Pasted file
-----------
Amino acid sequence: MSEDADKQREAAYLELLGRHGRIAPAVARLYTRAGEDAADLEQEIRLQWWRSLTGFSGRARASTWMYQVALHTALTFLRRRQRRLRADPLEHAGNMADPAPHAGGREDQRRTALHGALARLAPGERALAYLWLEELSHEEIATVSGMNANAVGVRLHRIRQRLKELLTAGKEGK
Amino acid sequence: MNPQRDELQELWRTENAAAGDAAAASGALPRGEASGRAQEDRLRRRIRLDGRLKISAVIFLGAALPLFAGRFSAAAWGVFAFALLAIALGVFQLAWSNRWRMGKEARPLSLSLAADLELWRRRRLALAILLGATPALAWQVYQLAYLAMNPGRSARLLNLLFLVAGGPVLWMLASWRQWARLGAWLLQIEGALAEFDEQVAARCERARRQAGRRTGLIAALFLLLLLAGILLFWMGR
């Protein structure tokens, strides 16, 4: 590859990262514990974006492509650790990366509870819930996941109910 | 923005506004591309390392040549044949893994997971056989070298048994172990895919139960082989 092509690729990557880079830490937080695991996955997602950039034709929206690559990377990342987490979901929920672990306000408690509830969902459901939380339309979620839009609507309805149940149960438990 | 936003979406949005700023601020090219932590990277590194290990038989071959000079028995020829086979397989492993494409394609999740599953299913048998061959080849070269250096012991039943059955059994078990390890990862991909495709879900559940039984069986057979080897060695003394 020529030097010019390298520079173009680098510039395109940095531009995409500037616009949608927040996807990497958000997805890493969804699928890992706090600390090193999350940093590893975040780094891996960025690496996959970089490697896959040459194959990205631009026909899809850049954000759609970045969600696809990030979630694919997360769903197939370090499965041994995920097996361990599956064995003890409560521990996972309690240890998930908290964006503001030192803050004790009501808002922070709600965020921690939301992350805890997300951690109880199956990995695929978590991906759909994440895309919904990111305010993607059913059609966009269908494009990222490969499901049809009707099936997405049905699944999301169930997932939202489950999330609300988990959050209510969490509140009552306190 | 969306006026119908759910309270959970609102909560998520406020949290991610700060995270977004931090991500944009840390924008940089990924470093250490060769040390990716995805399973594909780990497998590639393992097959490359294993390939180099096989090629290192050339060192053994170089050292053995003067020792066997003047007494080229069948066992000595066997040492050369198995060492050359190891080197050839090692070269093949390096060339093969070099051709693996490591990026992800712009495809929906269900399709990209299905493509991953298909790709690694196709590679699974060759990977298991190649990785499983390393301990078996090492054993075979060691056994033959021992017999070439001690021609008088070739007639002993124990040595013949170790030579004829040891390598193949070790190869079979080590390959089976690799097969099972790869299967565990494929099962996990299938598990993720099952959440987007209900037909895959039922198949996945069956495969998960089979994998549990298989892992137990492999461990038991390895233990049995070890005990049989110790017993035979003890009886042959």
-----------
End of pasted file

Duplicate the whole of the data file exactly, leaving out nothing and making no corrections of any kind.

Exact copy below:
Amino acid sequence: MSEDADKQREAAYLELLGRHGRIAPAVARLYTRAGEDAADLEQEIRLQWWRSLTGFSGRARASTWMYQVALHTALTFLRRRQRRLRADPLEHAGNMADPAPHAGGREDQRRTALHGALARLAPGERALAYLWLEELSHEEIATVSGMNANAVGVRLHRIRQRLKELLTAGKEGK
Amino acid sequence: MNPQRDELQELWRTENAAAGDAAAASGALPRGEASGRAQEDRLRRRIRLDGRLKISAVIFLGAALPLFAGRFSAAAWGVFAFALLAIALGVFQLAWSNRWRMGKEARPLSLSLAADLELWRRRRLALAILLGATPALAWQVYQLAYLAMNPGRSARLLNLLFLVAGGPVLWMLASWRQWARLGAWLLQIEGALAEFDEQVAARCERARRQAGRRTGLIAALFLLLLLAGILLFWMGR
């Protein structure tokens, strides 16, 4: 590859990262514990974006492509650790990366509870819930996941109910 | 923005506004591309390392040549044949893994997971056989070298048994172990895919139960082989 092509690729990557880079830490937080695991996955997602950039034709929206690559990377990342987490979901929920672990306000408690509830969902459901939380339309979620839009609507309805149940149960438990 | 936003979406949005700023601020090219932590990277590194290990038989071959000079028995020829086979397989492993494409394609999740599953299913048998061959080849070269250096012991039943059955059994078990390890990862991909495709879900559940039984069986057979080897060695003394 020529030097010019390298520079173009680098510039395109940095531009995409500037616009949608927040996807990497958000997805890493969804699928890992706090600390090193999350940093590893975040780094891996960025690496996959970089490697896959040459194959990205631009026909899809850049954000759609970045969600696809990030979630694919997360769903197939370090499965041994995920097996361990599956064995003890409560521990996972309690240890998930908290964006503001030192803050004790009501808002922070709600965020921690939301992350805890997300951690109880199956990995695929978590991906759909994440895309919904990111305010993607059913059609966009269908494009990222490969499901049809009707099936997405049905699944999301169930997932939202489950999330609300988990959050209510969490509140009552306190 | 969306006026119908759910309270959970609102909560998520406020949290991610700060995270977004931090991500944009840390924008940089990924470093250490060769040390990716995805399973594909780990497998590639393992097959490359294993390939180099096989090629290192050339060192053994170089050292053995003067020792066997003047007494080229069948066992000595066997040492050369198995060492050359190891080197050839090692070269093949390096060339093969070099051709693996490591990026992800712009495809929906269900399709990209299905493509991953298909790709690694196709590679699974060759990977298991190649990785499983390393301990078996090492054993075979060691056994033959021992017999070439001690021609008088070739007639002993124990040595013949170790030579004829040891390598193949070790190869079979080590390959089976690799097969099972790869299967565990494929099962996990299938598990993720099952959440987007209900037909895959039922198949996945069956495969998960089979994998549990298989892992137990492999461990038991390895233990049995070890005990049989110790017993035979003890009886042959």